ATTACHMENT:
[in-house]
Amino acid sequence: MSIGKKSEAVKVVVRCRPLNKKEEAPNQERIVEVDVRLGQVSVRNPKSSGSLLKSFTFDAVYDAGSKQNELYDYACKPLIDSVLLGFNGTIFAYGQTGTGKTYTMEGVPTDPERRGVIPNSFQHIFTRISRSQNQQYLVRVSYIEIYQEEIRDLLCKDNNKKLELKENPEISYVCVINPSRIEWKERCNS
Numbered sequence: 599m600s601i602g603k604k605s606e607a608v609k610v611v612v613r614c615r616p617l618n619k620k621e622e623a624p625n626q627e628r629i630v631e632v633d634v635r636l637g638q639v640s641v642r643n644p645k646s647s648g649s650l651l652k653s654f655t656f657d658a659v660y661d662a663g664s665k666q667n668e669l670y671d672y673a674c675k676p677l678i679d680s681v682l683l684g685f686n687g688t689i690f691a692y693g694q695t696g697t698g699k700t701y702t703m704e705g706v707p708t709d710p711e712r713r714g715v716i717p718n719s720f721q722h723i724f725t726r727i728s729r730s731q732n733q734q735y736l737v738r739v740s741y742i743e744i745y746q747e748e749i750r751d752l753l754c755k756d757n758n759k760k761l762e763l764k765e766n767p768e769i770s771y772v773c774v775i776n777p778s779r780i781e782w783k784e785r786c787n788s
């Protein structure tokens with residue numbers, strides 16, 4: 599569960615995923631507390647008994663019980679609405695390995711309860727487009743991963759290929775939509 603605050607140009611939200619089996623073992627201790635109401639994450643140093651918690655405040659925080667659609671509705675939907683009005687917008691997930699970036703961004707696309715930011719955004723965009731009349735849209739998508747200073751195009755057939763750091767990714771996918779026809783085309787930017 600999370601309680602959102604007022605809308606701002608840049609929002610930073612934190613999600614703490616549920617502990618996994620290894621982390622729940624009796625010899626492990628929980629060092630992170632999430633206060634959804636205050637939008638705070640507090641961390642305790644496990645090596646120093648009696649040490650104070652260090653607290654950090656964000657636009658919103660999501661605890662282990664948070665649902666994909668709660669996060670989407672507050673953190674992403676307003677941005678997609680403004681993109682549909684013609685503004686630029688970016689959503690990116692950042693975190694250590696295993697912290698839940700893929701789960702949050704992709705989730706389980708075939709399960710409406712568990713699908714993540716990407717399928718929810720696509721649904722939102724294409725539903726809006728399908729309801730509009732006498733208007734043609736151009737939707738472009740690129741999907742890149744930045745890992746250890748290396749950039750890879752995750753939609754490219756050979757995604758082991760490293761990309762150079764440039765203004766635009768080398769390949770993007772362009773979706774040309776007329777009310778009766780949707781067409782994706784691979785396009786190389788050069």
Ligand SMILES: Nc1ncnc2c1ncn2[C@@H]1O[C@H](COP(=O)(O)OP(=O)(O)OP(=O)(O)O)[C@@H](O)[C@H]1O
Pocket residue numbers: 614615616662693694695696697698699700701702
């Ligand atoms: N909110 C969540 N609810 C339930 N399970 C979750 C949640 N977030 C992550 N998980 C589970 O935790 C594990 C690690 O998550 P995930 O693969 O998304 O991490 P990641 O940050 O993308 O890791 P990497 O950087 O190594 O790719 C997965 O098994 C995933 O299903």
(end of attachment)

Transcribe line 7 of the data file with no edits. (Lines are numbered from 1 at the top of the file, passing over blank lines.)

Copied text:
């Ligand atoms: N909110 C969540 N609810 C339930 N399970 C979750 C949640 N977030 C992550 N998980 C589970 O935790 C594990 C690690 O998550 P995930 O693969 O998304 O991490 P990641 O940050 O993308 O890791 P990497 O950087 O190594 O790719 C997965 O098994 C995933 O299903």